The Sony Xperia XZ Premium is a genuine flagship smartphone. It boasts a market-leading 4K display, the latest high-end power under the hood and Sony’s professional photography heritage, including super slow motion capture, round the back.
There’s a lot to like about the XZ Premium on paper – but a feature-packed spec sheet doesn’t always produce the top-notch experience we’ve come to expect from high-end smartphones.
Sony is still stuck in a bit of a design rut, and it’s struggling to compete with the might of Apple and Samsung, while the likes of LG, Huawei and Motorola continue to offer stiff competition.
The Xperia XZ Premium is Sony’s chance to put itself firmly back on the smartphone map, but has it succeeded? Let’s find out.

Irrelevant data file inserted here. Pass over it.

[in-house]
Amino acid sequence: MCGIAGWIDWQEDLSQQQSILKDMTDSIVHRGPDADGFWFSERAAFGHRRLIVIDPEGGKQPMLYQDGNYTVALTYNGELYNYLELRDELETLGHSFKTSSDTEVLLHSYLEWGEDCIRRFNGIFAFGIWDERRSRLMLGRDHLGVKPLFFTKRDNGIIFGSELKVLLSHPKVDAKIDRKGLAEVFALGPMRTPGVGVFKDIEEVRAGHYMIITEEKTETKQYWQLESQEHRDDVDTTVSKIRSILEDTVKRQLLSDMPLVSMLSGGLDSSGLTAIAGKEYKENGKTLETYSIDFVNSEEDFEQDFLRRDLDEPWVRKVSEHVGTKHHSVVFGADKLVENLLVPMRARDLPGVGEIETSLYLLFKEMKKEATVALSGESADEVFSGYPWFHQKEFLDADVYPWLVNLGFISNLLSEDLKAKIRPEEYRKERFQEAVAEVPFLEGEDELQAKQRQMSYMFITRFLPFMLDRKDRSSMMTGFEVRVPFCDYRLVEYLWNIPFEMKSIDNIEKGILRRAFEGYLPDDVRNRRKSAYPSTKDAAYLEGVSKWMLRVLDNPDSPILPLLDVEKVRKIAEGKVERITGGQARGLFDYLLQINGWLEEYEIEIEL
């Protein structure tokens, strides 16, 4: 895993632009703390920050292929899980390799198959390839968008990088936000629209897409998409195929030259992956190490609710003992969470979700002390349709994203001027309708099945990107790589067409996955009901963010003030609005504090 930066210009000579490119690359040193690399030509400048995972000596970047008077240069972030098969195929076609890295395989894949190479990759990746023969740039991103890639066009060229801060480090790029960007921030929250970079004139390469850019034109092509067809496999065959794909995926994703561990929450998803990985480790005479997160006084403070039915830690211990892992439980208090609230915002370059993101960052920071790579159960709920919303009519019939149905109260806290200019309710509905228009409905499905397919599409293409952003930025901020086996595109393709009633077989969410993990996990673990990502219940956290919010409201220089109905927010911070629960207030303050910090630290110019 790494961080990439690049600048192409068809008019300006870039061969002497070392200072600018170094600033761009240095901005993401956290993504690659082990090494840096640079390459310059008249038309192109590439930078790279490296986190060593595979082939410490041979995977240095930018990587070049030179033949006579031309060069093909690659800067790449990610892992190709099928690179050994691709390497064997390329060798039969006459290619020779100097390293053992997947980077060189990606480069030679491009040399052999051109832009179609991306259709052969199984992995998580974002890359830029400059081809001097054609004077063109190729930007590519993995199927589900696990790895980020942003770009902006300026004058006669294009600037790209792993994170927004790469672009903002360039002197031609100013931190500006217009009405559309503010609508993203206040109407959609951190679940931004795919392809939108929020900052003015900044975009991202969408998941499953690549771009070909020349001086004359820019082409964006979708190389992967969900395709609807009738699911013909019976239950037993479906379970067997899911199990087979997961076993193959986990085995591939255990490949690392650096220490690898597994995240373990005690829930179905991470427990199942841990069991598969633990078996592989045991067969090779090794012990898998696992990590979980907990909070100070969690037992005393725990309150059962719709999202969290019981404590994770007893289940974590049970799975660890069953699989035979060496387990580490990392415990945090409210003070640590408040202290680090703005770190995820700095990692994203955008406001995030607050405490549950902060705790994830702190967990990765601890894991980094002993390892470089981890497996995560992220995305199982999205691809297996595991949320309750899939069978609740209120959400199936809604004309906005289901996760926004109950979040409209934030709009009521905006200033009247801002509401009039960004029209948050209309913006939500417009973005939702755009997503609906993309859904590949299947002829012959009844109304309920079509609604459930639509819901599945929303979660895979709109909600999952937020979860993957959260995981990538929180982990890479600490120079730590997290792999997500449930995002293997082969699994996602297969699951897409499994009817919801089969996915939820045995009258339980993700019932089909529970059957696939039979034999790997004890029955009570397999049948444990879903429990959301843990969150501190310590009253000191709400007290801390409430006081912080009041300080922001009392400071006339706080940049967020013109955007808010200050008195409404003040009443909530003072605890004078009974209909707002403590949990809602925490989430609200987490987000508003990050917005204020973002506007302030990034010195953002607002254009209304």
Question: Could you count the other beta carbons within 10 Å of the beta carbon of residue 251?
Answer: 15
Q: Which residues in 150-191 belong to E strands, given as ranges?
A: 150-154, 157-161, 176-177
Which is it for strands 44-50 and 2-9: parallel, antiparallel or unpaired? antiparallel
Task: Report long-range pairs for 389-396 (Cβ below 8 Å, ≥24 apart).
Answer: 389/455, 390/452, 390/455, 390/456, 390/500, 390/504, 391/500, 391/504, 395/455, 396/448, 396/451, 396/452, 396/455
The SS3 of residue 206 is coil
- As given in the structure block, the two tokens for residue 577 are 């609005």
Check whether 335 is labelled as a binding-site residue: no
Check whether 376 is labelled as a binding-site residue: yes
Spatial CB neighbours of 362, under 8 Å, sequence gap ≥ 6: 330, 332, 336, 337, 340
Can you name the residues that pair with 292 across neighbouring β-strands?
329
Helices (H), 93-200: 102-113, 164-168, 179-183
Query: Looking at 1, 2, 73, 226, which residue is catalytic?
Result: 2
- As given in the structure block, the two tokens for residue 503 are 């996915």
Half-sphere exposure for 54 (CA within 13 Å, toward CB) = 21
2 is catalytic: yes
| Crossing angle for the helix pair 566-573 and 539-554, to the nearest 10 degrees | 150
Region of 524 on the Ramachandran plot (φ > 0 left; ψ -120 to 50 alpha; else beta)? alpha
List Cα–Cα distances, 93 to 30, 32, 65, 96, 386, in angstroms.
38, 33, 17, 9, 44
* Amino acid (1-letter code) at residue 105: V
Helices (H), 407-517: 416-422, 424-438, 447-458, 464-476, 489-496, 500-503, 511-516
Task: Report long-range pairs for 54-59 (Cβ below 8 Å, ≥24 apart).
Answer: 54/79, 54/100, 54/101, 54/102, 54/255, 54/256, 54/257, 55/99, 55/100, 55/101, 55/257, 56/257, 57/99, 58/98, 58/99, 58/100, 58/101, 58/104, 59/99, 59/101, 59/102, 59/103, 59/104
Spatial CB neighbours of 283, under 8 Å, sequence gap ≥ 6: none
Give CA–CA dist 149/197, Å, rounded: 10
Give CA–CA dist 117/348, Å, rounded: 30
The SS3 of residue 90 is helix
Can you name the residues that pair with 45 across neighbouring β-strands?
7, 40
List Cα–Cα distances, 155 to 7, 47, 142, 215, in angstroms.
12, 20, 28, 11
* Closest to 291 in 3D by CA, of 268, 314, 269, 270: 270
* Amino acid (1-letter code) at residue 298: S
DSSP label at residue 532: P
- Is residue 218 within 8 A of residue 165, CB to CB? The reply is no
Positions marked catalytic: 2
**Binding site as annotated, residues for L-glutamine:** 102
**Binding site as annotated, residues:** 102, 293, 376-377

Sony Xperia XZ Premium price and release date
- £649 (around $800, AU$1,100) SIM-free
- On sale early June
This will likely come as no surprise, but this is not a cheap phone. The Sony Xperia XZ Premium price is £649 (around $800, AU$1,100) which sees it rub shoulders with the Samsung Galaxy S8 and iPhone 7 Plus in terms of cost.
Pre-orders for the phone have opened, but in terms of the Sony Xperia XZ Premium release date there’s no official word, although some online retailers are saying early June.
Find out what the Sony Xperia XZ Premium is like to live with by watching our ‘week with’ video.
- Semi-premium glass, metal and plastic build
- Side-mounted fingerprint scanner is useful
- SIM slot is fiddly